Civil servants on state boards now required to blow the whistle
THE Government has formalised procedures requiring civil servants on state boards to become whistleblowers if they uncover wrongdoing, the Irish Independent has learned.
The move comes on the back of a number of major scandals uncovered over the past two years at state training agency FAS.
Successive government ministers were apparently unaware of serious problems at the agency despite the presence of up to five civil servants on the board.
Company law regulations had previously barred civil servants sitting on the boards of non-commercial state bodies such as FAS from disclosing certain matters to their department or minister.
But a new set of protocols issued by the Department of Finance removes any perceived legal impediments to civil servants reporting to their minister on issues of concern.
The new protocols were set out in a circular seen by the Irish Independent, which was issued by the Department of Finance in recent days.
It sets out a step-by-step procedure for bringing matters to the responsible minister's attention.
Bernard Allen, chairman of the Public Accounts Committee, which has been investigating the FAS scandals, said the measures were long overdue.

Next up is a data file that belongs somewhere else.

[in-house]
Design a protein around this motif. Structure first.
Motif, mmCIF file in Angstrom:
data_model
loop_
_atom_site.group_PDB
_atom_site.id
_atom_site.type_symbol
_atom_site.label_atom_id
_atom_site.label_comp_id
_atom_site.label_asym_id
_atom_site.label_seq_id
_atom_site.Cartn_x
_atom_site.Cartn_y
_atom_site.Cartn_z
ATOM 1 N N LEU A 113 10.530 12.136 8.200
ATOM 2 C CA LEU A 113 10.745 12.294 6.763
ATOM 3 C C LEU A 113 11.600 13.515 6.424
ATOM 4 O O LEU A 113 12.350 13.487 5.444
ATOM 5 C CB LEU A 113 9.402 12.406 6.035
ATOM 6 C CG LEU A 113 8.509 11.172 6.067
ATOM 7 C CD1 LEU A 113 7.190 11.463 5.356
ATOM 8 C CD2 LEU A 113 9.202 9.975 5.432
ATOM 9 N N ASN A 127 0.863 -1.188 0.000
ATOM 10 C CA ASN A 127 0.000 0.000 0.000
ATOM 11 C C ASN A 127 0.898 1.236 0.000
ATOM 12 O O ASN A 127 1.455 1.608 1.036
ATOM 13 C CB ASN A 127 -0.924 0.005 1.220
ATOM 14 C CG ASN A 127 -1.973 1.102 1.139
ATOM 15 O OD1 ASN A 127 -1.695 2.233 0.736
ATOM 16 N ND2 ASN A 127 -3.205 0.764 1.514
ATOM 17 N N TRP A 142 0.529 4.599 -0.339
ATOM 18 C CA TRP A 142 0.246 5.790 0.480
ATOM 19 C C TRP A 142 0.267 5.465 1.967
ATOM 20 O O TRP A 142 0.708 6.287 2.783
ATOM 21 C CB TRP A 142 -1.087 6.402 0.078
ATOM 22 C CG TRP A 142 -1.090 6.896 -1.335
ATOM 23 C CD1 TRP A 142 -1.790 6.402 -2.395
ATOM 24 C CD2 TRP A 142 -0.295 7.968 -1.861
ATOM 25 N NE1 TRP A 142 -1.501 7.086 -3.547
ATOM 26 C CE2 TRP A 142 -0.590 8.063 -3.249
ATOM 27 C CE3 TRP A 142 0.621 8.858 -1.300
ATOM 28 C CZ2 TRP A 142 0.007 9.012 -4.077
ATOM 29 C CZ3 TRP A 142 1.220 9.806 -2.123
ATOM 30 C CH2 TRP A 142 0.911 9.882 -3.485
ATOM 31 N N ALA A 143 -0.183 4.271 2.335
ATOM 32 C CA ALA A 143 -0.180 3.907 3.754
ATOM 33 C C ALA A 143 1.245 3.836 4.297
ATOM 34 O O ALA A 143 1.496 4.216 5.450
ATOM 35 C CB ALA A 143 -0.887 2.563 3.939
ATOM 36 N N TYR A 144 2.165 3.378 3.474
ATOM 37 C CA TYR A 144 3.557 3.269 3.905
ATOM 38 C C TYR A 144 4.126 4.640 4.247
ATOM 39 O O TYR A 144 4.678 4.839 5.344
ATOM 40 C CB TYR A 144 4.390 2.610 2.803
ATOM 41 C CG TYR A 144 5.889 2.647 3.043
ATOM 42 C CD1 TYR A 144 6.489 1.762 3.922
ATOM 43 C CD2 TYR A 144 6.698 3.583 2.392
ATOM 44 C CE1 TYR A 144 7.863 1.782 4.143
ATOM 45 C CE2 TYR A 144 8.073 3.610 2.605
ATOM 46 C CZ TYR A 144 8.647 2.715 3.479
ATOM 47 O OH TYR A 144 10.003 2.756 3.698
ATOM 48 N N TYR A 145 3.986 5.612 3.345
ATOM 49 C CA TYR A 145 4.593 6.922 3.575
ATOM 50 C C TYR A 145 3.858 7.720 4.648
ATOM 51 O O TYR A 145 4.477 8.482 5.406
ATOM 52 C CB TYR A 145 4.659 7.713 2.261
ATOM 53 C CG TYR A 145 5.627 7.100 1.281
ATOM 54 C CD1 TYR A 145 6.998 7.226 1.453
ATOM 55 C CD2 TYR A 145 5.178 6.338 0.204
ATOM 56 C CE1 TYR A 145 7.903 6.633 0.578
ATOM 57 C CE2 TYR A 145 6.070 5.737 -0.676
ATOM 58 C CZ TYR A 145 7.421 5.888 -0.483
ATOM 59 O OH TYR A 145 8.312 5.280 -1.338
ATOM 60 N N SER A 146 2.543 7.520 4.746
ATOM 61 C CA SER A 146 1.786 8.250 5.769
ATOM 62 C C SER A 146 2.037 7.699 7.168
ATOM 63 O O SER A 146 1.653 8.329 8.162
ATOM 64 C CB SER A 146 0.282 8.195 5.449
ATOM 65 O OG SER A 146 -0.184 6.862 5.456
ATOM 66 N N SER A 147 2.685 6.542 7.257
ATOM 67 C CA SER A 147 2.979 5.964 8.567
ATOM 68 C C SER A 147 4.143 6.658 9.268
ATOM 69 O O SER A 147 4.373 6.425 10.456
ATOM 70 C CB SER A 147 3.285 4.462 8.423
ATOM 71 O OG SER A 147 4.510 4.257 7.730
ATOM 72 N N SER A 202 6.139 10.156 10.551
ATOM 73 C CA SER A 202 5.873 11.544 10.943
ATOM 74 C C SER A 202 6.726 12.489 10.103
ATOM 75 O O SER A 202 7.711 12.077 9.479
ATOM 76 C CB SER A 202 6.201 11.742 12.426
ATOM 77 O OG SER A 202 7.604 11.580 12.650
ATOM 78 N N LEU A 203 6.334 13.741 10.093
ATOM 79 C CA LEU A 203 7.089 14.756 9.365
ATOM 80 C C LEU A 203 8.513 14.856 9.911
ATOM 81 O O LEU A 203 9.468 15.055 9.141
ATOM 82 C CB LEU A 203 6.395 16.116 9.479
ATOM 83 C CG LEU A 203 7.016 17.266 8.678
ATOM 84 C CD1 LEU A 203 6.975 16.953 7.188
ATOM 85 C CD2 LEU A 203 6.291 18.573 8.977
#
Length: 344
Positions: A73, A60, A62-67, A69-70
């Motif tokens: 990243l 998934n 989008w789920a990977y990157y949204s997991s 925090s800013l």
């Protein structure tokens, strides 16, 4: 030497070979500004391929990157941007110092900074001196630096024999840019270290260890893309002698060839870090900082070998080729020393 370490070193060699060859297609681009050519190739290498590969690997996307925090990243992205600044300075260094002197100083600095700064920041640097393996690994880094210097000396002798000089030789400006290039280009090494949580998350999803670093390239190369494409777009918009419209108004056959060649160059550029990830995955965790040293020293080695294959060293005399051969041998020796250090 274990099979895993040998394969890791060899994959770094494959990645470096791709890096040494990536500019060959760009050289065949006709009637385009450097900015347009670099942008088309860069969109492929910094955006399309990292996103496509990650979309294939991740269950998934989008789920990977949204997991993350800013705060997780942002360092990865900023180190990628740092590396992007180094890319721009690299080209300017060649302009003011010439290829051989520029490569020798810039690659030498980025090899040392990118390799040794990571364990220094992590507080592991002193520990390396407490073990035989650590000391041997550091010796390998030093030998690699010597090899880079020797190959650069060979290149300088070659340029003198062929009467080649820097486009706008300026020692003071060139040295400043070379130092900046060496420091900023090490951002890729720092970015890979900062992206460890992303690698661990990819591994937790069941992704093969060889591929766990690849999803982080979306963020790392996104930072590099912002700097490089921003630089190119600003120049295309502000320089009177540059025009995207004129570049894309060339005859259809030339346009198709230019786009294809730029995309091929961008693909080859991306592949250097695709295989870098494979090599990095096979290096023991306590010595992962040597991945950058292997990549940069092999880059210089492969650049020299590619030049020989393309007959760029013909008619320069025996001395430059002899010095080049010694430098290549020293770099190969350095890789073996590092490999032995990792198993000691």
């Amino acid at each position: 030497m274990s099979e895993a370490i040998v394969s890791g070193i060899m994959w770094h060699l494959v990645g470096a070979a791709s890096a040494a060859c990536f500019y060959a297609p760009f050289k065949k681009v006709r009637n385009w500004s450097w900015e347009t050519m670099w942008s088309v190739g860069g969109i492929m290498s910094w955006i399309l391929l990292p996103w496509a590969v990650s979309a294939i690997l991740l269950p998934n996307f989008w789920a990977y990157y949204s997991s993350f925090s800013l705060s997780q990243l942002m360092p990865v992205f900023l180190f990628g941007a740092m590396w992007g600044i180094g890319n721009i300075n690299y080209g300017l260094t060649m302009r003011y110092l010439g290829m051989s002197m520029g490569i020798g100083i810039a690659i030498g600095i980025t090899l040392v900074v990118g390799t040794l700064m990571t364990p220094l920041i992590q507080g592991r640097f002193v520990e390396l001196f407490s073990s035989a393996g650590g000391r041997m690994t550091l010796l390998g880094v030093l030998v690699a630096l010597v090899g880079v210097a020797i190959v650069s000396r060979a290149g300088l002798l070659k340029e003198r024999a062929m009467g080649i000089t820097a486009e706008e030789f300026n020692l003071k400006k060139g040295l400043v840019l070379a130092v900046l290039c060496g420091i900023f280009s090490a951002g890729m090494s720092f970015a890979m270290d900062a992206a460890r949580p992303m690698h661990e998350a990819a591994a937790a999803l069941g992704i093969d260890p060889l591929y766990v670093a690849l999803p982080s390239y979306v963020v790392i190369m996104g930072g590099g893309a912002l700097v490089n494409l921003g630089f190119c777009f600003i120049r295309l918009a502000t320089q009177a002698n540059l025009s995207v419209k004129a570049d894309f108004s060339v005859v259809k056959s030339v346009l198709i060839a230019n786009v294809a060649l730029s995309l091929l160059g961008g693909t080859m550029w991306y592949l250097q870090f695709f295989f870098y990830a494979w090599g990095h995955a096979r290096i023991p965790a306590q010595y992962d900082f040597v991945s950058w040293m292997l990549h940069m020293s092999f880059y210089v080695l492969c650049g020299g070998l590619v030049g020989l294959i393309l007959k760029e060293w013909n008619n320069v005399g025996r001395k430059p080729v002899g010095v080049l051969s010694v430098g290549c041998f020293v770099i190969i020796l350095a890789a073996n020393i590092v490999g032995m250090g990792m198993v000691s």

"I hope they bring about greater controls," he said. "There should be no impediment to ministers knowing if something is going wrong in a state organisation."
Under the new protocols, civil servants are instructed to take a much more robust approach when issues of concern arise.
They must now directly inform their minister without delay if:
- Serious weaknesses in controls are not being addressed despite being drawn to the attention of the board.
- There is significant strategic or reputational risk to the body.
- There are serious concerns of possible illegality or fraud.
The previous board of FAS stepped down en-masse earlier this year after investigations by the Comptroller and Auditor General John Buckley revealed millions of euro in taxpayers' money was wasted through out-of-control spending.
The agency was also embroiled in scandals over extravagant spending on foreign travel and breaches of procurement rules.
The board faced widespread criticism for not spotting some irregularities earlier.
In their defence, a number of board members said they were not made aware of certain problems by FAS executives.
This contention was supported in a report by Mr Buckley, which outlined how executives were aware of overspending but this information was not given to the FAS board.
Almost €2.5m worth of contracts were entered into by FAS without prior board approval between 2005 and 2008.
Senior FAS executives broke the rules at least nine times between 2005 and 2008 by signing off on lucrative contracts without first consulting the state training agency's board.
The projects included a television advertisement made at a cost of €612,000 that has never been used.
Some 12 contracts, worth a combined total of €2.3m, were also entered into without a proper tender process in the same period.
The new slimmed-down FAS board contains just one civil servant, Dermot Curran, an assistant secretary at the Department of Enterprise.